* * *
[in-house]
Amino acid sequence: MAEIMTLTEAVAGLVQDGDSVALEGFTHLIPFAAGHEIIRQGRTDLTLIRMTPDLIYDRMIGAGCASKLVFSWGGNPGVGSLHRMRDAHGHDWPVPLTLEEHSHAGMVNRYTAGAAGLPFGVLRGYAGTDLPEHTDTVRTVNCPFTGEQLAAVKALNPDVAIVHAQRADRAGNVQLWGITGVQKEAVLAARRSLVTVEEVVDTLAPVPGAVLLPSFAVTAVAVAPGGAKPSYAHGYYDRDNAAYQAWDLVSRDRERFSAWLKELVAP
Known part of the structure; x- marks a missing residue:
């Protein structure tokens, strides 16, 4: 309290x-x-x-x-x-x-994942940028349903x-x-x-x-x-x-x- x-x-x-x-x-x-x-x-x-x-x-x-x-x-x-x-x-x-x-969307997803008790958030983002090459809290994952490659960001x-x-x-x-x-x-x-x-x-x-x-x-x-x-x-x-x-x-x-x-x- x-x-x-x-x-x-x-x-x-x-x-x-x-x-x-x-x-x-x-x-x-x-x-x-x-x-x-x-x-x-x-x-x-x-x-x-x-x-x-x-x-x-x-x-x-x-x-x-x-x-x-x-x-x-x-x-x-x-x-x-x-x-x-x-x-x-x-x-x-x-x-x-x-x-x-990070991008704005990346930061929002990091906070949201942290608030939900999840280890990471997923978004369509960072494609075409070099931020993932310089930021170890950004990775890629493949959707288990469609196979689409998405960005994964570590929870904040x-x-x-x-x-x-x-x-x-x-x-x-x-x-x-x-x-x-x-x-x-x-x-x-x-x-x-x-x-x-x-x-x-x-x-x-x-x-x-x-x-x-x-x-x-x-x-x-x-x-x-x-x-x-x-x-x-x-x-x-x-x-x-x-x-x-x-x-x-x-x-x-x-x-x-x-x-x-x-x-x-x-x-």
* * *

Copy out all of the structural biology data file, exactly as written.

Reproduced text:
[in-house]
Amino acid sequence: MAEIMTLTEAVAGLVQDGDSVALEGFTHLIPFAAGHEIIRQGRTDLTLIRMTPDLIYDRMIGAGCASKLVFSWGGNPGVGSLHRMRDAHGHDWPVPLTLEEHSHAGMVNRYTAGAAGLPFGVLRGYAGTDLPEHTDTVRTVNCPFTGEQLAAVKALNPDVAIVHAQRADRAGNVQLWGITGVQKEAVLAARRSLVTVEEVVDTLAPVPGAVLLPSFAVTAVAVAPGGAKPSYAHGYYDRDNAAYQAWDLVSRDRERFSAWLKELVAP
Known part of the structure; x- marks a missing residue:
């Protein structure tokens, strides 16, 4: 309290x-x-x-x-x-x-994942940028349903x-x-x-x-x-x-x- x-x-x-x-x-x-x-x-x-x-x-x-x-x-x-x-x-x-x-969307997803008790958030983002090459809290994952490659960001x-x-x-x-x-x-x-x-x-x-x-x-x-x-x-x-x-x-x-x-x- x-x-x-x-x-x-x-x-x-x-x-x-x-x-x-x-x-x-x-x-x-x-x-x-x-x-x-x-x-x-x-x-x-x-x-x-x-x-x-x-x-x-x-x-x-x-x-x-x-x-x-x-x-x-x-x-x-x-x-x-x-x-x-x-x-x-x-x-x-x-x-x-x-x-x-990070991008704005990346930061929002990091906070949201942290608030939900999840280890990471997923978004369509960072494609075409070099931020993932310089930021170890950004990775890629493949959707288990469609196979689409998405960005994964570590929870904040x-x-x-x-x-x-x-x-x-x-x-x-x-x-x-x-x-x-x-x-x-x-x-x-x-x-x-x-x-x-x-x-x-x-x-x-x-x-x-x-x-x-x-x-x-x-x-x-x-x-x-x-x-x-x-x-x-x-x-x-x-x-x-x-x-x-x-x-x-x-x-x-x-x-x-x-x-x-x-x-x-x-x-």